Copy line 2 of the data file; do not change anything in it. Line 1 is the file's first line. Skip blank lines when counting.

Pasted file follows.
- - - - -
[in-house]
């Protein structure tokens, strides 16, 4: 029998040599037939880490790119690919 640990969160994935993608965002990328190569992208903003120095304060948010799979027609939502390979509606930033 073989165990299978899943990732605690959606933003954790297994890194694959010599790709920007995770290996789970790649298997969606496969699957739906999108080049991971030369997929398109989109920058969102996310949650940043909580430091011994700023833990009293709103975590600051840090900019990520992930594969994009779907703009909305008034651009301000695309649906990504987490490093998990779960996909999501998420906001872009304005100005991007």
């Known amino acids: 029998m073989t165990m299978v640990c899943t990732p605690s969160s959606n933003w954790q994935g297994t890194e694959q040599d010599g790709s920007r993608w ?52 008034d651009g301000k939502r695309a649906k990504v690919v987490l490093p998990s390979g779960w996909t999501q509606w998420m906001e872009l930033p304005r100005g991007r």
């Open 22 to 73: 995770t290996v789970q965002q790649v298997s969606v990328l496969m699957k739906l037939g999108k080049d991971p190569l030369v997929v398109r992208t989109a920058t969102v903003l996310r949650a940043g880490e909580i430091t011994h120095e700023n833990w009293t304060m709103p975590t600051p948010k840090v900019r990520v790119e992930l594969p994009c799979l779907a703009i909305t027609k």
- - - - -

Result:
């Protein structure tokens, strides 16, 4: 029998040599037939880490790119690919 640990969160994935993608965002990328190569992208903003120095304060948010799979027609939502390979509606930033 073989165990299978899943990732605690959606933003954790297994890194694959010599790709920007995770290996789970790649298997969606496969699957739906999108080049991971030369997929398109989109920058969102996310949650940043909580430091011994700023833990009293709103975590600051840090900019990520992930594969994009779907703009909305008034651009301000695309649906990504987490490093998990779960996909999501998420906001872009304005100005991007």